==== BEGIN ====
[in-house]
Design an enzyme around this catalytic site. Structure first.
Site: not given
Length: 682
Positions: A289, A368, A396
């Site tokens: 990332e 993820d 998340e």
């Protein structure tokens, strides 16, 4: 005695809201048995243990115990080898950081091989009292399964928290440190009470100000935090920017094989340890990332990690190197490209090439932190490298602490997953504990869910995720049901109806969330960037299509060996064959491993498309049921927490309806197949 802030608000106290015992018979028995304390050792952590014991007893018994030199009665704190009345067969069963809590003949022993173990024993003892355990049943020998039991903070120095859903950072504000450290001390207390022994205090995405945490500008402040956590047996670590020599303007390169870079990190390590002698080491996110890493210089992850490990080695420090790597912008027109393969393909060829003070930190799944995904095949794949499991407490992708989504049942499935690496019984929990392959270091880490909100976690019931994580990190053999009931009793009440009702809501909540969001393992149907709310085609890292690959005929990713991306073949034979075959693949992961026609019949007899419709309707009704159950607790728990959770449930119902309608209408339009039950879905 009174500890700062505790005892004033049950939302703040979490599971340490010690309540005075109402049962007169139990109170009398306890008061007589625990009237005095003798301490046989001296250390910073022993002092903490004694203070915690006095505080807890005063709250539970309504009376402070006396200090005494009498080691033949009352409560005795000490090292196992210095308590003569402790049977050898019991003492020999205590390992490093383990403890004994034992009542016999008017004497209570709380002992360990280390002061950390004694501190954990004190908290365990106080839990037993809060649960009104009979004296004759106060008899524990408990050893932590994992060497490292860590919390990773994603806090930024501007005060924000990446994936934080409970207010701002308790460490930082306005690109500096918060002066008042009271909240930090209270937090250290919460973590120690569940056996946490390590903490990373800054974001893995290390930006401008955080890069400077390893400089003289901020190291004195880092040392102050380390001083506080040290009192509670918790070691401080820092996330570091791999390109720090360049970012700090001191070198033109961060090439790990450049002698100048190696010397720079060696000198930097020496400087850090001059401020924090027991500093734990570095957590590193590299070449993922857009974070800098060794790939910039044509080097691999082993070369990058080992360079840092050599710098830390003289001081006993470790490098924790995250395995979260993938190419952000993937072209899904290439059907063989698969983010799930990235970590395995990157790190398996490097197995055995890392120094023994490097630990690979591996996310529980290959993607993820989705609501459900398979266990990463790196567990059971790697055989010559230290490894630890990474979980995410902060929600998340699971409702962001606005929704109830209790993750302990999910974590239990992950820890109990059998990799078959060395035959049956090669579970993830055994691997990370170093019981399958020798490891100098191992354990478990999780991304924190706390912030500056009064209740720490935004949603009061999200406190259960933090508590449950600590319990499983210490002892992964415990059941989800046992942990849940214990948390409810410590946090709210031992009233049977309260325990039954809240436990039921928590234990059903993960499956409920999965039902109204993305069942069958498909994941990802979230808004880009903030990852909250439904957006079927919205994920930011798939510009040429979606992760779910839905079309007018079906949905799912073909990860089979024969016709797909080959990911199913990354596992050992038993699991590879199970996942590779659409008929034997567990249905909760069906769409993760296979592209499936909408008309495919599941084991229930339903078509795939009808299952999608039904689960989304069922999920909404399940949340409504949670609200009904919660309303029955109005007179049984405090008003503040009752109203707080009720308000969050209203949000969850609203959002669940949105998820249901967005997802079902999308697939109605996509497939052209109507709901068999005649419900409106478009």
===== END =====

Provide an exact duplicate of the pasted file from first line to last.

[in-house]
Design an enzyme around this catalytic site. Structure first.
Site: not given
Length: 682
Positions: A289, A368, A396
């Site tokens: 990332e 993820d 998340e």
């Protein structure tokens, strides 16, 4: 005695809201048995243990115990080898950081091989009292399964928290440190009470100000935090920017094989340890990332990690190197490209090439932190490298602490997953504990869910995720049901109806969330960037299509060996064959491993498309049921927490309806197949 802030608000106290015992018979028995304390050792952590014991007893018994030199009665704190009345067969069963809590003949022993173990024993003892355990049943020998039991903070120095859903950072504000450290001390207390022994205090995405945490500008402040956590047996670590020599303007390169870079990190390590002698080491996110890493210089992850490990080695420090790597912008027109393969393909060829003070930190799944995904095949794949499991407490992708989504049942499935690496019984929990392959270091880490909100976690019931994580990190053999009931009793009440009702809501909540969001393992149907709310085609890292690959005929990713991306073949034979075959693949992961026609019949007899419709309707009704159950607790728990959770449930119902309608209408339009039950879905 009174500890700062505790005892004033049950939302703040979490599971340490010690309540005075109402049962007169139990109170009398306890008061007589625990009237005095003798301490046989001296250390910073022993002092903490004694203070915690006095505080807890005063709250539970309504009376402070006396200090005494009498080691033949009352409560005795000490090292196992210095308590003569402790049977050898019991003492020999205590390992490093383990403890004994034992009542016999008017004497209570709380002992360990280390002061950390004694501190954990004190908290365990106080839990037993809060649960009104009979004296004759106060008899524990408990050893932590994992060497490292860590919390990773994603806090930024501007005060924000990446994936934080409970207010701002308790460490930082306005690109500096918060002066008042009271909240930090209270937090250290919460973590120690569940056996946490390590903490990373800054974001893995290390930006401008955080890069400077390893400089003289901020190291004195880092040392102050380390001083506080040290009192509670918790070691401080820092996330570091791999390109720090360049970012700090001191070198033109961060090439790990450049002698100048190696010397720079060696000198930097020496400087850090001059401020924090027991500093734990570095957590590193590299070449993922857009974070800098060794790939910039044509080097691999082993070369990058080992360079840092050599710098830390003289001081006993470790490098924790995250395995979260993938190419952000993937072209899904290439059907063989698969983010799930990235970590395995990157790190398996490097197995055995890392120094023994490097630990690979591996996310529980290959993607993820989705609501459900398979266990990463790196567990059971790697055989010559230290490894630890990474979980995410902060929600998340699971409702962001606005929704109830209790993750302990999910974590239990992950820890109990059998990799078959060395035959049956090669579970993830055994691997990370170093019981399958020798490891100098191992354990478990999780991304924190706390912030500056009064209740720490935004949603009061999200406190259960933090508590449950600590319990499983210490002892992964415990059941989800046992942990849940214990948390409810410590946090709210031992009233049977309260325990039954809240436990039921928590234990059903993960499956409920999965039902109204993305069942069958498909994941990802979230808004880009903030990852909250439904957006079927919205994920930011798939510009040429979606992760779910839905079309007018079906949905799912073909990860089979024969016709797909080959990911199913990354596992050992038993699991590879199970996942590779659409008929034997567990249905909760069906769409993760296979592209499936909408008309495919599941084991229930339903078509795939009808299952999608039904689960989304069922999920909404399940949340409504949670609200009904919660309303029955109005007179049984405090008003503040009752109203707080009720308000969050209203949000969850609203959002669940949105998820249901967005997802079902999308697939109605996509497939052209109507709901068999005649419900409106478009």